BOOM! THE THUNDEROUS SOUND seemed to come from everywhere at once, and the shock wave crashed through my body, making me jump. I swivelled round as quickly as
I could, peering into the flattened wreckage in search of the source.
A silver cloud of baitfish hindered my view, so I finned a little closer and – BOOM – there it was again. The tiny fish scattered, and the view they left seemed to be made up entirely of the enormous head of a goliath grouper.
This was a big guy, at around the 180kg mark, and he didn’t seem to like being disturbed. The predator watched me intently with his tiny eyes, then seemed to relax a little before his gills flared, and he produced that body-thumping noise again.
Were the low-frequency blasts he was producing a warning Discretion is the better part of valour, I thought, as I backed off a little and let him have his space.
The water was warm, but visibility had suffered from the run-off of August’s heavy rainfall, leaving everything enveloped in a green fog.
As I explored the rest of the wreck more grouper appeared. Though none was as large as the first, they are still impressive animals, with huge mouths that can hoover up large numbers of the little silver baitfish. I was diving the remains of a sunken shrimper lost in severe storms off Florida’s south-west coast, near North Captiva Island in the Gulf of Mexico.
The marine life in this area is prolific, and that makes it a magnet for sport-fishing enthusiasts. Place names such as Kingfish and Sailfish Roads and my temporary home at Tarpon Lodge on secluded Pine Island reflected this.
Set in beautifully manicured grounds right on the waterfront, with a private mooring, swimming pool, sports bar and restaurant, Tarpon Lodge looks and feels like a piece of old Florida, frozen in time. It’s an ideal base for exploring the local waters, and attracts fishers of all genres.
On my first morning, I sat on the breakwater watching in awe as two ospreys swooped with their talons extended and scooped fish out of the water. Pelicans and herons occupied the tops of mooring-posts, keeping their sharp eyes on the ripples created by their potential prey in the glassy waters of Pine Island Sound.
Small skiffs loaded with high-tec fishing gear made their way from Pineland Marina, their day captains laughing and joking with crewmates as they all looked forward to a day spent hunting for record-breaking specimens that would end up on trophy photos, followed by dinner plates.
My dive charter arrived at the Tarpon Lodge moorings. It was a 9m Proline walk-around Cuddy, and at the helm sat one of the biggest men I’ve ever seen.
Corey Hickson owns and runs Hardcore Hook & Line Charters with his wife Mirriah. He’s a former pro footballer who still spends his early mornings pumping iron in the gym, and that’s a real advantage, because the couple’s main business is a bail bonds and bounty-hunting agency.
Lee County Deputy Sheriff Tim Babor, whose day job is to patrol the waters of Sanibel and Pine Island Sound, was helping out.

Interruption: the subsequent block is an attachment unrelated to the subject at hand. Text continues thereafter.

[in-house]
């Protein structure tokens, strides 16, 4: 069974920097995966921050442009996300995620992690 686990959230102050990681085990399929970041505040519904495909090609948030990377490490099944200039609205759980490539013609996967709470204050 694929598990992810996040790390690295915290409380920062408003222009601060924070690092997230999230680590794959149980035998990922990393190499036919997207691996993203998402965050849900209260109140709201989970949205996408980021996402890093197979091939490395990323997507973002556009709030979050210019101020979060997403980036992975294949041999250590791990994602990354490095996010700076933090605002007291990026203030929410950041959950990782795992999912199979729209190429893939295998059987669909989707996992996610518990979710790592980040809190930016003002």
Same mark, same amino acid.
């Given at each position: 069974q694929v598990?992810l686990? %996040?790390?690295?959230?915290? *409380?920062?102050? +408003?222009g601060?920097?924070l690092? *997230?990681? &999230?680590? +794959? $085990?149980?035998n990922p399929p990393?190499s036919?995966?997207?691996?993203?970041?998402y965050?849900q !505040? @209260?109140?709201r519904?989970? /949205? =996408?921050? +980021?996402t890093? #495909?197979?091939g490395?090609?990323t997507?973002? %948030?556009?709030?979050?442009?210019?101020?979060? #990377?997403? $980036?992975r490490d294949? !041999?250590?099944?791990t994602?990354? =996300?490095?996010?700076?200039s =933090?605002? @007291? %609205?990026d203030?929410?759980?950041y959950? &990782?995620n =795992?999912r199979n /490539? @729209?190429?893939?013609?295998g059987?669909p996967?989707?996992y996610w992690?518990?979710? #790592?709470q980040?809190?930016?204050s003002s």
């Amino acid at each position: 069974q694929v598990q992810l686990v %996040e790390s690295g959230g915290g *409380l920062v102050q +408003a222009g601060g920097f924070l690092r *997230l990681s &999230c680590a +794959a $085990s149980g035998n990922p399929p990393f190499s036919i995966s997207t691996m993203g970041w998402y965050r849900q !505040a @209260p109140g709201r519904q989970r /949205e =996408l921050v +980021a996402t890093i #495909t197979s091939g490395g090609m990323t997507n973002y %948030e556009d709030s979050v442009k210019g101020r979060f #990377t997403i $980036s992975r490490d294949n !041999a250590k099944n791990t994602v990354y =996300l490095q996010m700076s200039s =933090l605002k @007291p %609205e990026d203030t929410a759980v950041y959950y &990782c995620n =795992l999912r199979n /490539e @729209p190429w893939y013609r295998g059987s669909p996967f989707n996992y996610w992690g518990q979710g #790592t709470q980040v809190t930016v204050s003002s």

Tim has an intimate knowledge of the areas we were going to be diving, and would skipper the boat while Corey and I were under water.
Scuba-diving for sport is in its infancy in this part of Florida, where local divers charter boats mainly to go spearfishing, with grouper, hogfish and mangrove snapper on their hit-lists. There are, however, hundreds of sites for sport divers to enjoy without the aid of weapons.
The seabed topography here is generally flat; the gradual incline from the Gulf calls for an offshore excursion to find any real depth and decent visibility. Don’t expect the prolific, tropical coral growth you’d find a few hundred miles south-east in the Florida Keys – much of this shallow continental shelf consists of sand and shell rubble overlying a limestone bedrock.
Corals are present, but the diversity of stony and soft species is severely limited, because seasonal temperature fluctuations and high turbidity rates provide a less than hospitable environment for all but the hardiest of species.
Our two dives that morning were to involve a 20-mile run out to clearer waters and the Captiva Blue Hole, followed by a dive on the shrimper in shallower depths on the way back.
The mirror-finish of the waters reflected a few puffy white clouds and the big blue sky. The only waves were from our wake, as we powered ahead under the relentless summer sun.
After kitting up, Corey grabbed his 6ft speargun from its rack and told me he was going to try to shoot something for a family dinner while I shot fish with my camera. “Everyone fishes here,” he said. “It’s what we do.”
I wasn’t about to protest – after all, this guy handles weapons for a living.
I entered the water nervously, making a mental note to keep Corey in sight at all times, and not to get between him and his prey.
The edge of the hole, at around 25m, was a fringe of sparse coral and sponge growth. From there it was a plunge into inky blackness to about 60m.
The hole attracts huge numbers of fish for predators to hunt – bull, bonnethead and blacktip sharks are regularly encountered, I was told though they were conspicuous by their absence during our visit.
Snook, redfish and grouper share the area with shoals of snapper and Atlantic spadefish, and we found them in solid groups circling the edge of the hole. Tiny arrow crabs scuttled across some sponges as damselfish tried in vain to ward off the weapon-toting bounty-hunter.
After 40 minutes it was time to surface. My big buddy came up empty-handed but with a smile on his face, while I was just relieved that I hadn’t been involved in a dive-by shooting!
Lee County Marine Services has run a programme of creating artificial reefs since the early 1990s. It has sunk some unusual items such as concrete culverts, railroad hopper carts and school buses as well as ships.
The jewel in the crown was the sinking of USS Mohawk. Launched in 1934, this vessel was involved in patrol and ice-breaking duties on the Hudson and Delaware rivers before the outbreak of war saw her re-assigned to the North Atlantic for escort operations.